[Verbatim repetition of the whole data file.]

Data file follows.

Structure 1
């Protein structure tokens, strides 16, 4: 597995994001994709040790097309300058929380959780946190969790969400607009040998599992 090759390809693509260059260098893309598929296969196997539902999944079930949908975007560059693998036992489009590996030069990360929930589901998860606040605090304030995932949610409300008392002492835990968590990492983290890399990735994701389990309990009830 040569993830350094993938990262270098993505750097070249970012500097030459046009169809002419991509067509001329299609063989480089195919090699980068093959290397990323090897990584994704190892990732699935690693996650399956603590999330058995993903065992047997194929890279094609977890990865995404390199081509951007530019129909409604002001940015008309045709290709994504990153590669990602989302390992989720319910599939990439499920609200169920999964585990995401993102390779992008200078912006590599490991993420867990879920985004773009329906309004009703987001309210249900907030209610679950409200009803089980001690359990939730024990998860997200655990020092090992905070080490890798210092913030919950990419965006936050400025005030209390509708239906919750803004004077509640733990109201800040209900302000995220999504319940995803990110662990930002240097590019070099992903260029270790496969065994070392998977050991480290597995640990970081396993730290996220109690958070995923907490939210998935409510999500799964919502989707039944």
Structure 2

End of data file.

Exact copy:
Structure 1
């Protein structure tokens, strides 16, 4: 597995994001994709040790097309300058929380959780946190969790969400607009040998599992 090759390809693509260059260098893309598929296969196997539902999944079930949908975007560059693998036992489009590996030069990360929930589901998860606040605090304030995932949610409300008392002492835990968590990492983290890399990735994701389990309990009830 040569993830350094993938990262270098993505750097070249970012500097030459046009169809002419991509067509001329299609063989480089195919090699980068093959290397990323090897990584994704190892990732699935690693996650399956603590999330058995993903065992047997194929890279094609977890990865995404390199081509951007530019129909409604002001940015008309045709290709994504990153590669990602989302390992989720319910599939990439499920609200169920999964585990995401993102390779992008200078912006590599490991993420867990879920985004773009329906309004009703987001309210249900907030209610679950409200009803089980001690359990939730024990998860997200655990020092090992905070080490890798210092913030919950990419965006936050400025005030209390509708239906919750803004004077509640733990109201800040209900302000995220999504319940995803990110662990930002240097590019070099992903260029270790496969065994070392998977050991480290597995640990970081396993730290996220109690958070995923907490939210998935409510999500799964919502989707039944």
Structure 2